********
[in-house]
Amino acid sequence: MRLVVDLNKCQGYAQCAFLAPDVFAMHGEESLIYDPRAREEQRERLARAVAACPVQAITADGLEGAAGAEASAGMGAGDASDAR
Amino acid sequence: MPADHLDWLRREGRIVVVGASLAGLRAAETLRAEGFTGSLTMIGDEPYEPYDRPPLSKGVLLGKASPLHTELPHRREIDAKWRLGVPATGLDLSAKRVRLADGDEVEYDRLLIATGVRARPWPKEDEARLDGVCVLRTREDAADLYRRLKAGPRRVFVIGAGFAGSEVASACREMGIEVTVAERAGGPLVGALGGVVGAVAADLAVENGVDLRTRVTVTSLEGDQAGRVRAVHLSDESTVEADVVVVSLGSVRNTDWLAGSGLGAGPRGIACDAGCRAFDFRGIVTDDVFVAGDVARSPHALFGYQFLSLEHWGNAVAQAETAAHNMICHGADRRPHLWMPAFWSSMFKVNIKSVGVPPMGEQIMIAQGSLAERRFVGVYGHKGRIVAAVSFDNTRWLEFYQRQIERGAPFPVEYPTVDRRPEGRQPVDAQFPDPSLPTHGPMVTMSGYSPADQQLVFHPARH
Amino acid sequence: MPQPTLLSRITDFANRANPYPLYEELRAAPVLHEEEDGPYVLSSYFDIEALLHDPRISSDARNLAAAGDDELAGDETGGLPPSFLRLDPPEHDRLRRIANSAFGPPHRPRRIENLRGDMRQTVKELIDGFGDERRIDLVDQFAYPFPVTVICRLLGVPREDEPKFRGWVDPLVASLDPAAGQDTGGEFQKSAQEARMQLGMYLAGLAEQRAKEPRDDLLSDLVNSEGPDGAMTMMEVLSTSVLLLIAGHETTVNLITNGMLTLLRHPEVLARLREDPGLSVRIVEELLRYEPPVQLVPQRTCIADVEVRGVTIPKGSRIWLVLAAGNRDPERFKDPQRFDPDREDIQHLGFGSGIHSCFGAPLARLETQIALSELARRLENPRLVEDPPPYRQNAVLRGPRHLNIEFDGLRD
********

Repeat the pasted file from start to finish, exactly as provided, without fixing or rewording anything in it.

[in-house]
Amino acid sequence: MRLVVDLNKCQGYAQCAFLAPDVFAMHGEESLIYDPRAREEQRERLARAVAACPVQAITADGLEGAAGAEASAGMGAGDASDAR
Amino acid sequence: MPADHLDWLRREGRIVVVGASLAGLRAAETLRAEGFTGSLTMIGDEPYEPYDRPPLSKGVLLGKASPLHTELPHRREIDAKWRLGVPATGLDLSAKRVRLADGDEVEYDRLLIATGVRARPWPKEDEARLDGVCVLRTREDAADLYRRLKAGPRRVFVIGAGFAGSEVASACREMGIEVTVAERAGGPLVGALGGVVGAVAADLAVENGVDLRTRVTVTSLEGDQAGRVRAVHLSDESTVEADVVVVSLGSVRNTDWLAGSGLGAGPRGIACDAGCRAFDFRGIVTDDVFVAGDVARSPHALFGYQFLSLEHWGNAVAQAETAAHNMICHGADRRPHLWMPAFWSSMFKVNIKSVGVPPMGEQIMIAQGSLAERRFVGVYGHKGRIVAAVSFDNTRWLEFYQRQIERGAPFPVEYPTVDRRPEGRQPVDAQFPDPSLPTHGPMVTMSGYSPADQQLVFHPARH
Amino acid sequence: MPQPTLLSRITDFANRANPYPLYEELRAAPVLHEEEDGPYVLSSYFDIEALLHDPRISSDARNLAAAGDDELAGDETGGLPPSFLRLDPPEHDRLRRIANSAFGPPHRPRRIENLRGDMRQTVKELIDGFGDERRIDLVDQFAYPFPVTVICRLLGVPREDEPKFRGWVDPLVASLDPAAGQDTGGEFQKSAQEARMQLGMYLAGLAEQRAKEPRDDLLSDLVNSEGPDGAMTMMEVLSTSVLLLIAGHETTVNLITNGMLTLLRHPEVLARLREDPGLSVRIVEELLRYEPPVQLVPQRTCIADVEVRGVTIPKGSRIWLVLAAGNRDPERFKDPQRFDPDREDIQHLGFGSGIHSCFGAPLARLETQIALSELARRLENPRLVEDPPPYRQNAVLRGPRHLNIEFDGLRD